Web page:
What insights can a spatial interrogation of Hong Kong’s domestic models and its transformative variants deliver in terms of a territory’s processes of compressed domesticity? Furthermore, how would the understanding of these models not only question, but, concomitantly reflect the ideologies of a ‘square foot society’?
According to the Hong Kong SAR Government, 60m2 is seen as the official and standard domestic module. As territorial construct Hong Kong’s geopolitical complexity and it’s ‘Special Administrative Region’ status has, since 1997, gradually realigned a number of speculative, housing and political ideologies to establish a unique ‘east-meets- west’ social-spatial context. The interlacing of rich-versus-poor, limited availability of exploitable property, and the recent emergence of socially driven resistance movements have ruptured conventional spatial tangents, forcing the emergence of tactical strategies as generators for domestic structures far below to the 60m2 mean.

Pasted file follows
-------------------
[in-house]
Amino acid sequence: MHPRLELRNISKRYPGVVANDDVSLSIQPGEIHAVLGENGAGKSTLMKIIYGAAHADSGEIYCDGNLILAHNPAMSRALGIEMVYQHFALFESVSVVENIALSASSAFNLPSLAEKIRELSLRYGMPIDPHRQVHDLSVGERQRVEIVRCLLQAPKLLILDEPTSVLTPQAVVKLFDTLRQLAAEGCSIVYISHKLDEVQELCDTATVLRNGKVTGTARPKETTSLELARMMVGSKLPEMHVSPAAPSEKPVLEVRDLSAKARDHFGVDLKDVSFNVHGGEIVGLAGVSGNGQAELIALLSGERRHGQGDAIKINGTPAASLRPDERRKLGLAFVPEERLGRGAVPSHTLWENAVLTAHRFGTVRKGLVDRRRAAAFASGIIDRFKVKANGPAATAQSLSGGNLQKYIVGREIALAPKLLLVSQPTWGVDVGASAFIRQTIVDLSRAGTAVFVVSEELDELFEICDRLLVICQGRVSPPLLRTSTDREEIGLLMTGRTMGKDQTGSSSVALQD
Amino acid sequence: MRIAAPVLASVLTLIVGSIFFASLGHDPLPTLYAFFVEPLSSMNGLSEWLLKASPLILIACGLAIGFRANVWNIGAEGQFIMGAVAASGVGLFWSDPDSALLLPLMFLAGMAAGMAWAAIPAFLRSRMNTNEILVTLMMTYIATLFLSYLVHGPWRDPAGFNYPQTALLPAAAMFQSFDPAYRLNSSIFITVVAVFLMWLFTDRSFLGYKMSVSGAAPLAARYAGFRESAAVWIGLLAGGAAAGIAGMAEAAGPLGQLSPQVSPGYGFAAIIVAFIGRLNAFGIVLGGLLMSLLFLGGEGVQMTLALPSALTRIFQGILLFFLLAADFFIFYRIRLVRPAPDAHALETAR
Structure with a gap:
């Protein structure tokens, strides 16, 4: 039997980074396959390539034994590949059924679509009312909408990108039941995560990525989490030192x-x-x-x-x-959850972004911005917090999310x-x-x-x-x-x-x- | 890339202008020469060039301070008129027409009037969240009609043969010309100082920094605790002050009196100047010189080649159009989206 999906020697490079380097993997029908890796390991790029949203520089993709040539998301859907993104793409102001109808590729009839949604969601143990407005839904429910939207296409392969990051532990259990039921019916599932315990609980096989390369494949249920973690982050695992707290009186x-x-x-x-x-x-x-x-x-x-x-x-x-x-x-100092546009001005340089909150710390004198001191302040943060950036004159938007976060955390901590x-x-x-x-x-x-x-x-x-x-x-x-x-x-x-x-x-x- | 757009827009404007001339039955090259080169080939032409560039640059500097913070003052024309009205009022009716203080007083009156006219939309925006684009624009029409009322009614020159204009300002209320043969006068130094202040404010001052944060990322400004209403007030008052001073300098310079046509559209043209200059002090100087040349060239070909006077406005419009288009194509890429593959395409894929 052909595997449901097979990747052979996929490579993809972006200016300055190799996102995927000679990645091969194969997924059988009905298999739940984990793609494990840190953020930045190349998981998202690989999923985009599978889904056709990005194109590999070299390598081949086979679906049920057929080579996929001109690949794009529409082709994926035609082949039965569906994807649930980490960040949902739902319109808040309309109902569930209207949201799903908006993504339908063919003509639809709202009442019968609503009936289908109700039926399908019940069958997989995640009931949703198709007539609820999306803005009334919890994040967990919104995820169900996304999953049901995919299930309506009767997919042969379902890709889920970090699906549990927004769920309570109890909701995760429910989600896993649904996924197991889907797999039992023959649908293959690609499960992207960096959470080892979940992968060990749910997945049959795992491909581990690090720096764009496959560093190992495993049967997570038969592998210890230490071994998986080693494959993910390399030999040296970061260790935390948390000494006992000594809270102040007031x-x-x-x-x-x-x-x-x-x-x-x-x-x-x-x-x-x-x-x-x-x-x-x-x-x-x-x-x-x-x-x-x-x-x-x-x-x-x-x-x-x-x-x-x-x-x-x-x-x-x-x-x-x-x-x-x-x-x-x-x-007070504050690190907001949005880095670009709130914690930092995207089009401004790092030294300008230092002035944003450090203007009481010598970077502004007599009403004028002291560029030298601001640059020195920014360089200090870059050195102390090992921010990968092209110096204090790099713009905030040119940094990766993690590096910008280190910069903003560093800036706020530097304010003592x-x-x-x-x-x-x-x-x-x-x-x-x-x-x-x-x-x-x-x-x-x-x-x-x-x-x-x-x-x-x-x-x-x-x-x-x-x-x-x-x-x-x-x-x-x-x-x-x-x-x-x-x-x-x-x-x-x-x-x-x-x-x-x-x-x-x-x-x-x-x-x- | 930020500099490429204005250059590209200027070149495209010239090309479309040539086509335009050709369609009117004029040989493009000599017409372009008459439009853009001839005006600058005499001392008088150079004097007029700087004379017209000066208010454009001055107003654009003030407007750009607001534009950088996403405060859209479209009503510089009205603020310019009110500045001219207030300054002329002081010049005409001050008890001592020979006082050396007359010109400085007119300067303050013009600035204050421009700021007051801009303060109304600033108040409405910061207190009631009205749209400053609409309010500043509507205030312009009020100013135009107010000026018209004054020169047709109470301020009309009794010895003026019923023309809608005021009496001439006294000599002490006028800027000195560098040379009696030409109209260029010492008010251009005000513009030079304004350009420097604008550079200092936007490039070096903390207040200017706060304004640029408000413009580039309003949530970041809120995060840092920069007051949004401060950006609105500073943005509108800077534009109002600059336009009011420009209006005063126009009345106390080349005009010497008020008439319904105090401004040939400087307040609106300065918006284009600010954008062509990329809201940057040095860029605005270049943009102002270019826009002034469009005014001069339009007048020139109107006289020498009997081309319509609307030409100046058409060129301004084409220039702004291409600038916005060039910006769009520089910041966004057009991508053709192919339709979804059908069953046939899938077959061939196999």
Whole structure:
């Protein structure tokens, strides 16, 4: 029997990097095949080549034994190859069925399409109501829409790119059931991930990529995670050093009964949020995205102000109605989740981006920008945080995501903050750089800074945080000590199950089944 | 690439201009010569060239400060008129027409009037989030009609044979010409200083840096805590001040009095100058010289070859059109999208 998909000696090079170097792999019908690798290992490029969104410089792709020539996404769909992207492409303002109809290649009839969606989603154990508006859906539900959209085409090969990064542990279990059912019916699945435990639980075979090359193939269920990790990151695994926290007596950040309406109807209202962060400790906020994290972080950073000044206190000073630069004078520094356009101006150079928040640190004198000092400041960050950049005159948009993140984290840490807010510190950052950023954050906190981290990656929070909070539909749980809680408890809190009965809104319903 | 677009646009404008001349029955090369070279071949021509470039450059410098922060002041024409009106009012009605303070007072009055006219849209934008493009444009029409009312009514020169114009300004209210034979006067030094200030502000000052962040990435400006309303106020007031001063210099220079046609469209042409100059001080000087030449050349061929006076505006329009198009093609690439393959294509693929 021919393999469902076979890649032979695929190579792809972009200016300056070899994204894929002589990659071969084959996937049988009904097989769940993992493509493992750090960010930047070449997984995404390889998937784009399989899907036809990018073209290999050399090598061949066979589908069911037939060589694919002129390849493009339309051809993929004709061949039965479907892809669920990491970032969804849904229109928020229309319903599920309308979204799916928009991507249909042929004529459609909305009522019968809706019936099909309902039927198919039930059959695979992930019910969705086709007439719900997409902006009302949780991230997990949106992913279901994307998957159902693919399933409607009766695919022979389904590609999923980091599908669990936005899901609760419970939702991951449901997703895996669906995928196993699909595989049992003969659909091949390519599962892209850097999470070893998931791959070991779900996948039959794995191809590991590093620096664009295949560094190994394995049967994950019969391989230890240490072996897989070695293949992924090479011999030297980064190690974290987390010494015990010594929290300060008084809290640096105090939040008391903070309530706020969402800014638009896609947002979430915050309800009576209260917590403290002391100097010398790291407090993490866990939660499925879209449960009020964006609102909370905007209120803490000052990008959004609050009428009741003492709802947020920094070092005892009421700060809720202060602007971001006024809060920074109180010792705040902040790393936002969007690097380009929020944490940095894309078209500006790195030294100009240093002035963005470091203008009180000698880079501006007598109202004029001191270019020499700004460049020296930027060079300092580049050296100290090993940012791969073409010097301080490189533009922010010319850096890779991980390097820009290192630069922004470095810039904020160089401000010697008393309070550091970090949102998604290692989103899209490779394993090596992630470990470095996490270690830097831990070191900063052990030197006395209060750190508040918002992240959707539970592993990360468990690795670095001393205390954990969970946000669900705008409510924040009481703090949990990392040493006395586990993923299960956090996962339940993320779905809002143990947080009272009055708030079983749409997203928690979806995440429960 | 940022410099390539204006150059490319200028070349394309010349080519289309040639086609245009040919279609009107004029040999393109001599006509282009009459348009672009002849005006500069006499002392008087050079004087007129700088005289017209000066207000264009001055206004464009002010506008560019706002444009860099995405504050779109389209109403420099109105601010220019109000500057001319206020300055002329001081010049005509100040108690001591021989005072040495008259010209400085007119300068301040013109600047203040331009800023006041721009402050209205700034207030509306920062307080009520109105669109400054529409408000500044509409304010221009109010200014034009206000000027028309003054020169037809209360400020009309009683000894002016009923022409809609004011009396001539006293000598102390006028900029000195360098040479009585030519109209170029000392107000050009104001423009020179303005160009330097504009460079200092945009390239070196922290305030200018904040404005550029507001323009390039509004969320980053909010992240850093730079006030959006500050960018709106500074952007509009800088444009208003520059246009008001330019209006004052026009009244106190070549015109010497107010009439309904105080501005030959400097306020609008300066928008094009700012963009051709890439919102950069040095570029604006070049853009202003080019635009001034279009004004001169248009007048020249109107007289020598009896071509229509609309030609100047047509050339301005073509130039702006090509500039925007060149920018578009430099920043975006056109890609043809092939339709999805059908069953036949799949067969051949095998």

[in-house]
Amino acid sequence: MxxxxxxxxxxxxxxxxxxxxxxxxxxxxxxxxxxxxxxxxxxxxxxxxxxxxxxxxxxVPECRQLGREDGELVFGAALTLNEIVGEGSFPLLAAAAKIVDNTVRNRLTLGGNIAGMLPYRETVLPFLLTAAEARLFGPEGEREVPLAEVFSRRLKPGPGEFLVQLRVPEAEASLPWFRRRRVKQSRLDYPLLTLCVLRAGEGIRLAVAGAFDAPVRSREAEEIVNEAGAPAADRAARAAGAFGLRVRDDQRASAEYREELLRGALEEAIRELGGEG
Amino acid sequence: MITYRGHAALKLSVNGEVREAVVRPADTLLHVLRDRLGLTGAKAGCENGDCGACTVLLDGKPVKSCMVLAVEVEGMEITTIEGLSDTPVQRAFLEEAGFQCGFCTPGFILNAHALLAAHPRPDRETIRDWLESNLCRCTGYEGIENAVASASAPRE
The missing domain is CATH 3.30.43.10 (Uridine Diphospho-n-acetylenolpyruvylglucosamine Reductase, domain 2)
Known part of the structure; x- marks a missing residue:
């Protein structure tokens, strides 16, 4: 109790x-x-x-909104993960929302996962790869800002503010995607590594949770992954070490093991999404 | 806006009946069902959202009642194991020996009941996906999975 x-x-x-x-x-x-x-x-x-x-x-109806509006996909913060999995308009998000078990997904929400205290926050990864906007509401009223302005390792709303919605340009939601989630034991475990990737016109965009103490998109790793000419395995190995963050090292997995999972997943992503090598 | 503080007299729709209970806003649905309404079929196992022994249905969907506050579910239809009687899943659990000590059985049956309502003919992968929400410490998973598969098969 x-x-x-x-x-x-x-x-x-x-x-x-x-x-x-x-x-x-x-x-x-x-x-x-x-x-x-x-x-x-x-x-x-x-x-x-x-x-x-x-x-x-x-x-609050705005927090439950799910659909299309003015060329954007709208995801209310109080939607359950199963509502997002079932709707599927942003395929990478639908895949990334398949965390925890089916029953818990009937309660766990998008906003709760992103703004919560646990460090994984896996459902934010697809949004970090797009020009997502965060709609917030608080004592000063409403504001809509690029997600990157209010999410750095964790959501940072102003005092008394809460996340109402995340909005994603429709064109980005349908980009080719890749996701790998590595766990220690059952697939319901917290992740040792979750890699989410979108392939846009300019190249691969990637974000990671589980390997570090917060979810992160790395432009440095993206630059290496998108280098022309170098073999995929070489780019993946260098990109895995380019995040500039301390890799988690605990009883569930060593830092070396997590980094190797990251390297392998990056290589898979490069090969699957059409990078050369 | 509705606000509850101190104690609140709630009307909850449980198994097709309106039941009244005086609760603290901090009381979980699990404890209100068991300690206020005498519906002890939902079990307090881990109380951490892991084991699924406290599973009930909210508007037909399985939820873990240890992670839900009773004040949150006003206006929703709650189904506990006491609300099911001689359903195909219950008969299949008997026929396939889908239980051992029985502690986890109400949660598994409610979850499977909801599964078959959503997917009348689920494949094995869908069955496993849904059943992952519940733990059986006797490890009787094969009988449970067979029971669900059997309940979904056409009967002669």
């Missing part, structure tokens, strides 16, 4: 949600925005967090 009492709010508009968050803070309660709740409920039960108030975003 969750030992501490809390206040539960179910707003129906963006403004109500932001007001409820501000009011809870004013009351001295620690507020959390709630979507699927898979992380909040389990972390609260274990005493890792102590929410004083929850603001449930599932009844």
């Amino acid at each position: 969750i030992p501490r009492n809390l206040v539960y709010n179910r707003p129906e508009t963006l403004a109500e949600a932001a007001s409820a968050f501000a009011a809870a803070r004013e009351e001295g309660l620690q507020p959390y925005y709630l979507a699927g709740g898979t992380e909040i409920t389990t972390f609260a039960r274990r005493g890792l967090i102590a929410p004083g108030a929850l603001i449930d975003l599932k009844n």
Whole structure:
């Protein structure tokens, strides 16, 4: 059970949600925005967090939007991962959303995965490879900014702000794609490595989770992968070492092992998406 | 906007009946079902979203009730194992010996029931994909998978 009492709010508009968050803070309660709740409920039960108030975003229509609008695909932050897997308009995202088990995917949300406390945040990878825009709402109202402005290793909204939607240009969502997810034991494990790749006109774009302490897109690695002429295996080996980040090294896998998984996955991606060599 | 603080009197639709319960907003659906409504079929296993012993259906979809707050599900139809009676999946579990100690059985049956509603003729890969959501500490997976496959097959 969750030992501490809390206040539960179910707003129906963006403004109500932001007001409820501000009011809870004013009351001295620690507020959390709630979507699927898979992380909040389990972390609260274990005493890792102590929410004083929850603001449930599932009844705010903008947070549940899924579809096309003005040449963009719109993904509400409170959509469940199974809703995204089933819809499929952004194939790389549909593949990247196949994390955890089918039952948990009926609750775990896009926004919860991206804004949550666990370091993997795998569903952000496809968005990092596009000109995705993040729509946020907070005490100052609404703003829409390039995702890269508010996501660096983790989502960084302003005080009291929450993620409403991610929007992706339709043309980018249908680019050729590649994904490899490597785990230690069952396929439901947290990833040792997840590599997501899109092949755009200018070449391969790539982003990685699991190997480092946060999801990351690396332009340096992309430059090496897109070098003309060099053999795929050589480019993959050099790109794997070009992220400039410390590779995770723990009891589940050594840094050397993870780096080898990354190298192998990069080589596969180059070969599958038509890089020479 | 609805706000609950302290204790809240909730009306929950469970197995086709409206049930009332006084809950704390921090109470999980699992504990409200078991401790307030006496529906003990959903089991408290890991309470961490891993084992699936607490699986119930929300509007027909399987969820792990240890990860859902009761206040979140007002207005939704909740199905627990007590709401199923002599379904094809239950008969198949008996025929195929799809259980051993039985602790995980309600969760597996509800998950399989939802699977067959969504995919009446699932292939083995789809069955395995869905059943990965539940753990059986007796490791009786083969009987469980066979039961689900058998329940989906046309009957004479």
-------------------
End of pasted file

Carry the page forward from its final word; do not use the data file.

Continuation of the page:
In this framework housing and its domestic valance has become questionable in its deployment and mechanization as urbanization instrument, that is to say, the ‘model versus the lived’. Drawing from the theoretical concepts of Urbanism (Wirth, 1938), territoriality (Elden, 2013) and ‘commoning’ (Bruyns, et al., 2015) the proposed analysis is meant to show a number of consequences in terms of radicalized dwelling and spatial compression. The comparison of Hong Kong’s ‘Tong-lau’ housing model, as the archetypical historical shop-house standard, and its contrast to contemporary dwellings highlights the social realities operative in high-density urban dwellings of the 21st Century.
Expression of the mutative orders, between the ‘model and the lived’ concludes on the questionable forms of occupancy and tenancy within hyper-capitalism, the establishment of a ‘square-foot-society’ and it sharing of resources that ultimately shifts the focus to continued challenge of the ‘model’ through human necessities of the ‘lived’.